Plastics were a major technological breakthrough starting with the first fully synthetic thermoset called BAKELITE in the early 1900’s. Following breakthroughs in plastic development after World War 1, mass production took off around the time of the Second World War. Since then it has become used in virtually every aspect of our life.
The longevity of plastics is unknown, and estimates range from hundreds, to thousands of years. It is likely that most, if not all, of the conventional plastic that has ever been introduced into the environment still remains intact, either as whole items, or as fragments.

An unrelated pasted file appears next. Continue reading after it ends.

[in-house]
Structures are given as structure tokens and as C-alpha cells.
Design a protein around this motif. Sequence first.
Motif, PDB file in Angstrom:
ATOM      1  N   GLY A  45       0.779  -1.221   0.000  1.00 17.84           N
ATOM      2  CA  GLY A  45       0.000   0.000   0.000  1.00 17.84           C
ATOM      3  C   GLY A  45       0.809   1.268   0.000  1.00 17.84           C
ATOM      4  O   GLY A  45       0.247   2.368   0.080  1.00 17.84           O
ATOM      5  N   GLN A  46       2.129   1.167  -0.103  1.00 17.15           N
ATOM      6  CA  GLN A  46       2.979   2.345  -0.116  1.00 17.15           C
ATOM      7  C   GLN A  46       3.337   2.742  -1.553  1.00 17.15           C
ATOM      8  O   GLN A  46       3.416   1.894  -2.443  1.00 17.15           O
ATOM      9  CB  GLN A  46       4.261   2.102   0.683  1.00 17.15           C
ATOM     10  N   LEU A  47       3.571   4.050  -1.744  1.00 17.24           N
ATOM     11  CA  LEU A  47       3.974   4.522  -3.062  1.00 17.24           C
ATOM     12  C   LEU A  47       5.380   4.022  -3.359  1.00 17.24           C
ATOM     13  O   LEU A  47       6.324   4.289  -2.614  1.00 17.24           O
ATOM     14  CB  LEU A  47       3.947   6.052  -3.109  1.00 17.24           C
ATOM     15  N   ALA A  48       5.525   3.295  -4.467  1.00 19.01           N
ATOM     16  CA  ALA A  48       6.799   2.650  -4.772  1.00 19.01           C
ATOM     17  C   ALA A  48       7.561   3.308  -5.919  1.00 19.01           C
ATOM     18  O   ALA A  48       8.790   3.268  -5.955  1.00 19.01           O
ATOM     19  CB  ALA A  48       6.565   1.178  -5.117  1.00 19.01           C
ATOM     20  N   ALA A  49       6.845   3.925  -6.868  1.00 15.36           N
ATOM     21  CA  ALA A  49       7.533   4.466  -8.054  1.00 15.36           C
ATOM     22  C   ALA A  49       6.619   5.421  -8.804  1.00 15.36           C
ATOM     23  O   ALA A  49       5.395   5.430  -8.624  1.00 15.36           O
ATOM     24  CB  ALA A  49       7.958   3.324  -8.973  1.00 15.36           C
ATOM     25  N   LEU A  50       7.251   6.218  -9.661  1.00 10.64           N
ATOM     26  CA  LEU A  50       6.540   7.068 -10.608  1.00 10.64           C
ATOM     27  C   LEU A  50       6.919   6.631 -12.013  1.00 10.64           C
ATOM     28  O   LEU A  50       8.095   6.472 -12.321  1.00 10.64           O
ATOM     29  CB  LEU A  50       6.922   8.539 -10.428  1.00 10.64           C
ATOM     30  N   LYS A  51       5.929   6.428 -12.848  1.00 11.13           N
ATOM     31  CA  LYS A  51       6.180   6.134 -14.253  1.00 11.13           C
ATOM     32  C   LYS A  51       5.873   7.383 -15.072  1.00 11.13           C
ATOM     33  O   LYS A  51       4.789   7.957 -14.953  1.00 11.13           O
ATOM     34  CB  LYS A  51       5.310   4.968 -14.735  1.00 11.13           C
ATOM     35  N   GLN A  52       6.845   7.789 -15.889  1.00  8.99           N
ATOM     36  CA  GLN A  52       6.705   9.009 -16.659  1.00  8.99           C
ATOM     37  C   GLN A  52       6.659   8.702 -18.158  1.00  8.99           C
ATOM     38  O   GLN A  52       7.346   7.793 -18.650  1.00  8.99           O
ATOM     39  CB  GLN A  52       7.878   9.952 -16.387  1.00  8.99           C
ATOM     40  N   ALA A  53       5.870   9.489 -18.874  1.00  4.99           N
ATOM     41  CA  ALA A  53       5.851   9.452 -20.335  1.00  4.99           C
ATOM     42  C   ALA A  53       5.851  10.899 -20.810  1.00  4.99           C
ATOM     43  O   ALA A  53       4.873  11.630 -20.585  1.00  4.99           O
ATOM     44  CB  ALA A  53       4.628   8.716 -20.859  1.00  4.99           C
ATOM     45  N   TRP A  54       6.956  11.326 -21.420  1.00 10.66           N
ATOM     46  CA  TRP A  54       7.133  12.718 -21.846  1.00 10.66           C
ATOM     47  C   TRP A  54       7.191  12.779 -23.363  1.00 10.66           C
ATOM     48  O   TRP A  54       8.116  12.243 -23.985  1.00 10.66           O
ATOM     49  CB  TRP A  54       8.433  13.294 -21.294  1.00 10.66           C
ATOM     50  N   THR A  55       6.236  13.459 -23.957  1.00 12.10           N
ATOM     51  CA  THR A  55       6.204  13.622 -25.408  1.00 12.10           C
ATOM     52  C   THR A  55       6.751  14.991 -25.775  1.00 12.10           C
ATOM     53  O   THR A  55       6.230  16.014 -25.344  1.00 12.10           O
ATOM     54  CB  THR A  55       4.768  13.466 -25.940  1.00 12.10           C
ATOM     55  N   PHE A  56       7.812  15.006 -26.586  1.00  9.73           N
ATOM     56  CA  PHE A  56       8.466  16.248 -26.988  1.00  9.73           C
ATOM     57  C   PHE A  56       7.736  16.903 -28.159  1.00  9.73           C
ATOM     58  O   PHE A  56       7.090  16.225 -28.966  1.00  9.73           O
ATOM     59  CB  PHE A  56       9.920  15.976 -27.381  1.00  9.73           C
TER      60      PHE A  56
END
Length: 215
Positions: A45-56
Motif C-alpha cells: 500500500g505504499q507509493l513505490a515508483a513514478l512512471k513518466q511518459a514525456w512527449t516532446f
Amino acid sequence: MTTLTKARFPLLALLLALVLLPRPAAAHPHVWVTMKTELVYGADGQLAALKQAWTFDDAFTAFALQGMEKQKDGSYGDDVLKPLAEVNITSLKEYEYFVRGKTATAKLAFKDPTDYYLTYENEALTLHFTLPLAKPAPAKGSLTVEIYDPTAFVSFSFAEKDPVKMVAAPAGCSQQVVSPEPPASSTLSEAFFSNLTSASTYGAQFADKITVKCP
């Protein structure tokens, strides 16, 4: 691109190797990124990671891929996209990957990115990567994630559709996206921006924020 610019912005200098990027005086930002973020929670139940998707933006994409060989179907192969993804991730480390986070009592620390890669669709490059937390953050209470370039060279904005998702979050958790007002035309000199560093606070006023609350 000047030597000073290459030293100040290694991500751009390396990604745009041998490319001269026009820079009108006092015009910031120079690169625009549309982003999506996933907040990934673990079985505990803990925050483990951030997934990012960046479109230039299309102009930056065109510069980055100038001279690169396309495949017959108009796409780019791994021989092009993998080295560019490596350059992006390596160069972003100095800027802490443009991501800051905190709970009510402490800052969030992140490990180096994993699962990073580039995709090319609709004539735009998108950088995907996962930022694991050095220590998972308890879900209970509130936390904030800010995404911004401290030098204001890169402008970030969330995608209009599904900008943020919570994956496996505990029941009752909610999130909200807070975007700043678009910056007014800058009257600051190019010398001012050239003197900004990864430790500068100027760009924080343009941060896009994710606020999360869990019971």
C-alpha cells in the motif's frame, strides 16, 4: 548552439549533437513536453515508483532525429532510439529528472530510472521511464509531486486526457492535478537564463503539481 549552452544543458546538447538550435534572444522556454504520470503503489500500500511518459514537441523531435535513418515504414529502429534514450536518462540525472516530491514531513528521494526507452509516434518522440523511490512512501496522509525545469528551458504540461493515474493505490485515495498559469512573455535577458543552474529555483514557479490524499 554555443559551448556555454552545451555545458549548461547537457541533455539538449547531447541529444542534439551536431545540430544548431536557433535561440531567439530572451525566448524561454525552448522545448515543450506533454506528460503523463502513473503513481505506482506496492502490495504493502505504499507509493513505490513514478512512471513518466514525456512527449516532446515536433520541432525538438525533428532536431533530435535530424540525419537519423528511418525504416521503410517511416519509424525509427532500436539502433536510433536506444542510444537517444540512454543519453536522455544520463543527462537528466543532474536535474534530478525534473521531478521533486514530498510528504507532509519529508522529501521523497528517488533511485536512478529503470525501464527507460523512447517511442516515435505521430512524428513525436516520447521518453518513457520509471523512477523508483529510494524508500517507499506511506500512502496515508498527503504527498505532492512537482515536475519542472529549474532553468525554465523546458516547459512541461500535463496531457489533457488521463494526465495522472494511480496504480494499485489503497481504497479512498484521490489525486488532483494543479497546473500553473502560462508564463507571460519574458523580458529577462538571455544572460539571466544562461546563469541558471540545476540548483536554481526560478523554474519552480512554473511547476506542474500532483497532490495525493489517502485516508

The Search for Biodegradable Plastic
The ultimate aim for many eco-conscious people is to create plastic packaging that will biodegrade in any situation, post use. There are various types of biodegradable plastics which are designed to biodegrade in different environments.
Numerous biodegradable plastics have been developed in response to a growing consumer awareness of environmental issues such as the vast amounts of plastic in the oceans and microscopic plastic particles recently identified in our rivers, with the aim to reduce the devastating effects that plastic litter is having on wildlife.
Creating a point of difference in a competitive market
Packaging manufacturers have developed biodegradable plastics in response to consumer demand. These companies typically have finite research and development budgets, and in a competitive market, packaging companies are looking to create competitive advantage, and meet a demand for biodegradable plastics in the marketplace.
The question is, what constitutes a plastic that is truly environmentally friendly?